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FARAFARA Cure FA

 

Scientific News

FARA funds research progress

In this section, you will find the most recent FA research publications, many of which are funded by FARA, as well as information on upcoming conferences and symposiums. You can search for articles by date using the archive box in the right hand column. To locate FARA Funded or Supported Research, click the hyperlink in the right hand column. You may also search for specific content using key words or phrases in the search button at the top right of your screen. Please be sure to visit other key research sections of our website for information on FARA’s Grant Program and the Treatment Pipeline.

 


 

Assessment of cell-free levels of iron and copper in patients with Friedreich's ataxia

Insufficient frataxin levels in FA patients lead to iron and copper deposits in the brain and cardiac cells. 25 confirmed FA patients were included in this study. The total iron and total copper concentrations were measured in blood plasma both in patients and age, sex matched healthy controls. The iron levels in plasma of FRDA patients were found to be significantly decreased as compared to healthy controls. A similar trend was observed in case of plasma copper levels in FRDA patient as compared to controls. Present results clearly show abnormal distribution of extra-cellular iron in FRDA patients, which is in accordance with the well established fact of intracellular iron overload, which is a key feature of the pathogenesis of this disease. This can be of importance in understanding the pathophysiology of the disease in association with frataxin/iron. It appears that intracellular sequestration of trace metals in FRDA patients (due to low frataxin) results in their sub-optimal levels in blood plasma (extra-cellular) an observation that can find prognostic application in clinical trials.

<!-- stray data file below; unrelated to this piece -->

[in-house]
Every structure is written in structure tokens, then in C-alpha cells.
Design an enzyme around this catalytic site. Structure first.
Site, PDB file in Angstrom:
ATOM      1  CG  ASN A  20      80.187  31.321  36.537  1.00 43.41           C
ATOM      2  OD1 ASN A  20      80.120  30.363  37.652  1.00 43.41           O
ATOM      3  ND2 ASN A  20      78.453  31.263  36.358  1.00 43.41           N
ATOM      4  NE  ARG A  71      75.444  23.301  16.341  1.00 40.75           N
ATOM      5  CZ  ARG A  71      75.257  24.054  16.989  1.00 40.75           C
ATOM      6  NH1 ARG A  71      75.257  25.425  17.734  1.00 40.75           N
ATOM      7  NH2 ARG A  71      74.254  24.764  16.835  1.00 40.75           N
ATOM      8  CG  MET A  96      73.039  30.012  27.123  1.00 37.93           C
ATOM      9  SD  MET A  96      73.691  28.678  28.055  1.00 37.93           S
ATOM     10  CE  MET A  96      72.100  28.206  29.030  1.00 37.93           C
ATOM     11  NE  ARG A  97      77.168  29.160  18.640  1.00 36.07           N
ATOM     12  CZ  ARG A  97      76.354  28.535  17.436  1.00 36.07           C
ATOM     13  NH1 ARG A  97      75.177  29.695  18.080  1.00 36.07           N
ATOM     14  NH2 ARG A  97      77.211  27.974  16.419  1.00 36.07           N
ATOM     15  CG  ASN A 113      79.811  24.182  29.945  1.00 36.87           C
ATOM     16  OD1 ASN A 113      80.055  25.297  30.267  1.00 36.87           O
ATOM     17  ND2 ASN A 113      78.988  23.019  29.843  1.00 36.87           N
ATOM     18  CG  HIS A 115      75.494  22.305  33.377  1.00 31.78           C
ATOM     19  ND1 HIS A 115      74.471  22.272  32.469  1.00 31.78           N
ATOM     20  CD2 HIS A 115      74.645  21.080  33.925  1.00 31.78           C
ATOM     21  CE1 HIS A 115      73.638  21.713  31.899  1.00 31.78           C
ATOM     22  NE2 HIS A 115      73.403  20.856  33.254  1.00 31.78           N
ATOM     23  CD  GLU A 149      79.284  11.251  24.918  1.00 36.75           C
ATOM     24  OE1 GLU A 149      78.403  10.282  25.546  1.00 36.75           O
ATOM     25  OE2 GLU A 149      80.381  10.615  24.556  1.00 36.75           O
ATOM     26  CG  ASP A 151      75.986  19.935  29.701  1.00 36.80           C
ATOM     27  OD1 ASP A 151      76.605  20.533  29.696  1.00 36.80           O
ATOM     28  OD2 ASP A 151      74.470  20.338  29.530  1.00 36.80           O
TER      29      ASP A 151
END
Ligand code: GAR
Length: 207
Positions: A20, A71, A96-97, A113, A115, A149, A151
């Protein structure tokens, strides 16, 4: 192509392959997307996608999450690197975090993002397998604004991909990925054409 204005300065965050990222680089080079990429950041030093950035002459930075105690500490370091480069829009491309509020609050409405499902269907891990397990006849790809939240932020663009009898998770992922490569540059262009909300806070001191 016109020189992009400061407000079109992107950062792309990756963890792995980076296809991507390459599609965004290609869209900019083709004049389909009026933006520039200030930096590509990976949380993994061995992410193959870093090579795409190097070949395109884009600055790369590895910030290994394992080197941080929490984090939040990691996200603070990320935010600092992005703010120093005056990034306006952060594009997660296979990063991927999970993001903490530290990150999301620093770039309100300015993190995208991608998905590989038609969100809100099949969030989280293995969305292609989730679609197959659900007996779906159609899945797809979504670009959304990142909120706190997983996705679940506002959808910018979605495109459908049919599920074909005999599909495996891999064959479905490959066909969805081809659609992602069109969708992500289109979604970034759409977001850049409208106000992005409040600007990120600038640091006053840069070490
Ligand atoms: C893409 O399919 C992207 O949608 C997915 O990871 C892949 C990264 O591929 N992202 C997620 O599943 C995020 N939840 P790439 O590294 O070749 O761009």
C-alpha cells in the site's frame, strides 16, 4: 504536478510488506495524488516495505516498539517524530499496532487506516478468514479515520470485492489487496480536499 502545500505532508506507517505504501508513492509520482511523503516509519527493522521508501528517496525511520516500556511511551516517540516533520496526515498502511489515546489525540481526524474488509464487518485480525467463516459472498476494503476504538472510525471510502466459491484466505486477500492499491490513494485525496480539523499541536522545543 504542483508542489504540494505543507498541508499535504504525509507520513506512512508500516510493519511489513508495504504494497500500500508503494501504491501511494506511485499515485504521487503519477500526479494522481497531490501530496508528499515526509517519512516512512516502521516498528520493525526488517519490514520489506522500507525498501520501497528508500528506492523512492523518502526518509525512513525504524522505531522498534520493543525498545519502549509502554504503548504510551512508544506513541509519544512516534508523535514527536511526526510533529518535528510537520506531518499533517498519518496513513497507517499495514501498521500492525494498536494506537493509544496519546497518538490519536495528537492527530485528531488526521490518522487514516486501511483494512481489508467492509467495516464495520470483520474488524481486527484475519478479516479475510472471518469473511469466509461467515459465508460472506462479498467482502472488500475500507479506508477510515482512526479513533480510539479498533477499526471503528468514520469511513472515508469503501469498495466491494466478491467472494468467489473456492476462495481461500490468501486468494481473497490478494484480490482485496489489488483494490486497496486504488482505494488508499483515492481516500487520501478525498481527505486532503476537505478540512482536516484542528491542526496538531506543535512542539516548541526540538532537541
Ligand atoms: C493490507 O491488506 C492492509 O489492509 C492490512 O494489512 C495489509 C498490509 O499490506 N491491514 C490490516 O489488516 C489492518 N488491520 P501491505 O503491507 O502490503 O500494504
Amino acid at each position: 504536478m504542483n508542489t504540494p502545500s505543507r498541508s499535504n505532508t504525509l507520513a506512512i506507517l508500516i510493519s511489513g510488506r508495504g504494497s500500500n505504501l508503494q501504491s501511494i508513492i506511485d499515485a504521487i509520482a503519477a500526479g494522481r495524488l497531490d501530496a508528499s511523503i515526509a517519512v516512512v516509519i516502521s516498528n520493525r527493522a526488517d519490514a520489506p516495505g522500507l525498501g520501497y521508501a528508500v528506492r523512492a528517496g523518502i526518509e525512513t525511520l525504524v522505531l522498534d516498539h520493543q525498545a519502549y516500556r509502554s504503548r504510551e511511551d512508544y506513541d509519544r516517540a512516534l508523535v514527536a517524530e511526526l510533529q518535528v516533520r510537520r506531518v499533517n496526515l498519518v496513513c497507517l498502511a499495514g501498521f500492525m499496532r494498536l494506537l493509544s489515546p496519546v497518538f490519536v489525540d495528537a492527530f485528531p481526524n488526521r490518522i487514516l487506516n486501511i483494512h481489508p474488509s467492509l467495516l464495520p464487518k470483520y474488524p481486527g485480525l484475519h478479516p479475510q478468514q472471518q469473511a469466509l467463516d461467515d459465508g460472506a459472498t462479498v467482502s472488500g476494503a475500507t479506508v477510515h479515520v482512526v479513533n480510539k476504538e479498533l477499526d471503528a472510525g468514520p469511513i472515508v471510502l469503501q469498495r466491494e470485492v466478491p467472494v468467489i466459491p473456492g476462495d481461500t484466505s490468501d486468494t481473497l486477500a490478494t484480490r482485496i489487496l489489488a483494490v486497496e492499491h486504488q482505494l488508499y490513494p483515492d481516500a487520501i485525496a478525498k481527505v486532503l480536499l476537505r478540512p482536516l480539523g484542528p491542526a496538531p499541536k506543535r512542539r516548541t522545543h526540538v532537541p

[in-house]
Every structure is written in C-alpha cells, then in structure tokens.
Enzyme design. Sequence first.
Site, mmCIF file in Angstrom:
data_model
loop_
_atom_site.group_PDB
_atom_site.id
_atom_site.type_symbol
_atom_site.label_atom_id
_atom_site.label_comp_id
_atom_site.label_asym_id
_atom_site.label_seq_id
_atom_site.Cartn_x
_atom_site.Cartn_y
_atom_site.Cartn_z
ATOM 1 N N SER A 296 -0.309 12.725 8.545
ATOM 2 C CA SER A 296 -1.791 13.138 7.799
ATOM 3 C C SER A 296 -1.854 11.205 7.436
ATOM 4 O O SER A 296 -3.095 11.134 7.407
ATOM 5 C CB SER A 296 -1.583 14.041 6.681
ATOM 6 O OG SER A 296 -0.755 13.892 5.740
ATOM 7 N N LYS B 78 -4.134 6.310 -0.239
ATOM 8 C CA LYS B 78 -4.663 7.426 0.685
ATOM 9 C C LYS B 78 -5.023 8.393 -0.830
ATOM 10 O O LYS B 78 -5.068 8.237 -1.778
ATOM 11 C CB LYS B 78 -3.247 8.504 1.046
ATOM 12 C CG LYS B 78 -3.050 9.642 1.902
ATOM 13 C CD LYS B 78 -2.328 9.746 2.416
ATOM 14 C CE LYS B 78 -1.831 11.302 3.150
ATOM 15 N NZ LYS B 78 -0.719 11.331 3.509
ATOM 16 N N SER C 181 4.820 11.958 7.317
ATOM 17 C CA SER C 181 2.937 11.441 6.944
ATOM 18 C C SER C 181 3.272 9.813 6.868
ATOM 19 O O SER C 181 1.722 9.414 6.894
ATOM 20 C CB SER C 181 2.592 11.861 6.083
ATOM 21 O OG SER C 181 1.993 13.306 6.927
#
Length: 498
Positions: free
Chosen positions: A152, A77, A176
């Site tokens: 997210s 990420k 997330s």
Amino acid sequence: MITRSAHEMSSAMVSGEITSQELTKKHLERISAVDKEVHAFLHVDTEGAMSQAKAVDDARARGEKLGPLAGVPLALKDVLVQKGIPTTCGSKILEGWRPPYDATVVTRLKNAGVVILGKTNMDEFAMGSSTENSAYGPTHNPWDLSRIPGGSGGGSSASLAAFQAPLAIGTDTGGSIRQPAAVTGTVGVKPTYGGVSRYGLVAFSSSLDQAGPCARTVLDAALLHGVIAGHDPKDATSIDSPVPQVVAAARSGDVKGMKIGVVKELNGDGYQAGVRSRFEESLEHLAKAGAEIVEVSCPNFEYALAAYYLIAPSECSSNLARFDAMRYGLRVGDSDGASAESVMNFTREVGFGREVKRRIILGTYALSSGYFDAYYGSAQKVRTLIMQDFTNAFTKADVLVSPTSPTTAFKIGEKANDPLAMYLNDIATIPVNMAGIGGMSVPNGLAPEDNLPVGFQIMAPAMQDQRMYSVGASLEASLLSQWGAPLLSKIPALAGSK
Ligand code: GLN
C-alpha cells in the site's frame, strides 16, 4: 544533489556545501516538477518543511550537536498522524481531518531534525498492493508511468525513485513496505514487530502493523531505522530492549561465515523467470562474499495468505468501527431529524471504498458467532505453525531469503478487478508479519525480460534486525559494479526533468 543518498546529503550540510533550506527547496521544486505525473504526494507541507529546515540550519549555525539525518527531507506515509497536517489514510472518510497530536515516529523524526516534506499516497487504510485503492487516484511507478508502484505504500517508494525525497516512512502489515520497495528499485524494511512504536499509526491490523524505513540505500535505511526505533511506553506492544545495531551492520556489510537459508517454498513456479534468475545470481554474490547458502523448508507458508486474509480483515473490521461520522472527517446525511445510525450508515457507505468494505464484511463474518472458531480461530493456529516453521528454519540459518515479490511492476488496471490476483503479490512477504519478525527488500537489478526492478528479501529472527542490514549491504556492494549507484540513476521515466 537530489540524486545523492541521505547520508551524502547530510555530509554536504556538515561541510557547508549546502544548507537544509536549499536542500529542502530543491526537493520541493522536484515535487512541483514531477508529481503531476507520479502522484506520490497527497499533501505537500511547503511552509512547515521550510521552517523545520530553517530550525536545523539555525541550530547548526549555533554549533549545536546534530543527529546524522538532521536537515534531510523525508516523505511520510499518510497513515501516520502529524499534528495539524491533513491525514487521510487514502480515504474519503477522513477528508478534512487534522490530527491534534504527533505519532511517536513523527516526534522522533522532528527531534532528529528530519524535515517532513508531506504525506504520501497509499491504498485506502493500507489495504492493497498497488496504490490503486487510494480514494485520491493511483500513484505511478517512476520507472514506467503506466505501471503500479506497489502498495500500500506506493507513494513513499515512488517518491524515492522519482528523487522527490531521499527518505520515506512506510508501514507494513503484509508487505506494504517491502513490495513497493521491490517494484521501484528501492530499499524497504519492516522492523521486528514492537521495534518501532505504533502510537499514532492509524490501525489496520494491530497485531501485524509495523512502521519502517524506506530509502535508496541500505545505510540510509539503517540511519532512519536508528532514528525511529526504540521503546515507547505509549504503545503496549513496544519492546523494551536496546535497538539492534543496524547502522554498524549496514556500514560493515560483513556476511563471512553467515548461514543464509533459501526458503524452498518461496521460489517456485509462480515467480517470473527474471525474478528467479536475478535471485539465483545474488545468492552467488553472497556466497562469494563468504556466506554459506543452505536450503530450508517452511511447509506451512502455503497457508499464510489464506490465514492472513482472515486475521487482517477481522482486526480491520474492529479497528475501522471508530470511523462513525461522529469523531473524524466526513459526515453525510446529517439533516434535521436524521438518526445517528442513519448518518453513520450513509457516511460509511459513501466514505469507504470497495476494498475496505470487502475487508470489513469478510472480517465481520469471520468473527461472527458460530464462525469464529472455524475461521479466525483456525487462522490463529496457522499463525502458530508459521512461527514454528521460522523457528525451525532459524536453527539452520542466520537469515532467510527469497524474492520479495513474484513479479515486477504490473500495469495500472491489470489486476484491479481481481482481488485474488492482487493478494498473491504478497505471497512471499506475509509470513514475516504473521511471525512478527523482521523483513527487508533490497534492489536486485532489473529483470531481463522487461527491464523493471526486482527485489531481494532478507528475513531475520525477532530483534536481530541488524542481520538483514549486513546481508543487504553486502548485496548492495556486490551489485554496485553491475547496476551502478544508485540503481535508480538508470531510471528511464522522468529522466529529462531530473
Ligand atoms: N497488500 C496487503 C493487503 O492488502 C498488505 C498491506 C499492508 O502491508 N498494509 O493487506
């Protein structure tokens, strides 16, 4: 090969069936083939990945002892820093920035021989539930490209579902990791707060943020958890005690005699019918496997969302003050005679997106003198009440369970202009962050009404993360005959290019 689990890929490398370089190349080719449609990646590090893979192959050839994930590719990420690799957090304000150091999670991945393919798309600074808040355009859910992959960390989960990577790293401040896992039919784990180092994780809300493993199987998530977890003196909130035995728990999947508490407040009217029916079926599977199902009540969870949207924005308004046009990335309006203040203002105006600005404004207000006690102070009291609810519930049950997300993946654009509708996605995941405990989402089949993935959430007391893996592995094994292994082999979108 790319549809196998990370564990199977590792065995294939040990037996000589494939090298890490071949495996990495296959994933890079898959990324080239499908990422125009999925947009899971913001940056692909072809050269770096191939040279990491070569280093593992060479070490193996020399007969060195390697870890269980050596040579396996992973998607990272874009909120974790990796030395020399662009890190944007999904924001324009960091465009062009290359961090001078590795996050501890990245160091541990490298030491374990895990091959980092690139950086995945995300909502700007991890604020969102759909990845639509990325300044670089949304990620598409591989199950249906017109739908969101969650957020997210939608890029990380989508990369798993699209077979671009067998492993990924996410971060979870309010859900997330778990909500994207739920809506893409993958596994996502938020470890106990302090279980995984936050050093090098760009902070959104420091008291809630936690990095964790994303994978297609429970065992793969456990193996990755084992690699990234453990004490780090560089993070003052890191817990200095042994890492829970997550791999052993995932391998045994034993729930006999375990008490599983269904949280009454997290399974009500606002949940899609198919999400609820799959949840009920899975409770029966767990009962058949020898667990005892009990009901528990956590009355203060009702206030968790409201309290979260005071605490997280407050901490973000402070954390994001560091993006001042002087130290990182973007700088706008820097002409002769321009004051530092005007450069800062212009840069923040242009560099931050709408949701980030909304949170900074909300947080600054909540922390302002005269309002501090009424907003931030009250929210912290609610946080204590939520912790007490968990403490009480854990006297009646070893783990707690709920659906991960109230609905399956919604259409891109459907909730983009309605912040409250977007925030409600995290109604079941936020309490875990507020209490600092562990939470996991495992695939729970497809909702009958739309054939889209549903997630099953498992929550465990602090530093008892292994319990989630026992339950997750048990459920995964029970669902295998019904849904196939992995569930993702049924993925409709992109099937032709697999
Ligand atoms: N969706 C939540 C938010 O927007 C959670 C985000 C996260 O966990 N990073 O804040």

Read the entire article HERE

Inherited Ataxia and Intrathecal Baclofen for the Treatment of Spasticity and Painful Spasms

Intrathecal baclofen (ITB) treatment is considered a powerful tool in the management of severe spasticity in neurological conditions such as multiple sclerosis, cerebral palsy, and traumatic spinal cord and brain injury. This study assessed the effectiveness of the ITB in patients with inherited ataxia suffering from severe painful spasms and/or spasticity. A total of 5 patients with spinocerebellar ataxia 3 or 7 or Friedreich's ataxia were included in this observational multicenter study. The patients were interviewed and completed outcome measures assessing pain (The Brief Pain Inventory), fatigue (Fatigue Severity Scale), and life satisfaction (LiSAT-9) before and 1 year after the treatment. Spasticity (Modified Ashworth Scale) and spasm frequency (SPFS) were measured objectively for each patient. The mean treatment time was 1.9 years. Evaluation of established standard forms revealed symptomatic relief from spasticity, spasms, pain, and fatigue in addition to improved body posture, sleep, and life satisfaction after ITB treatment.

Read the entire article HERE

The role of robotic gait training and tDCS in Friedrich ataxia rehabilitation: A case report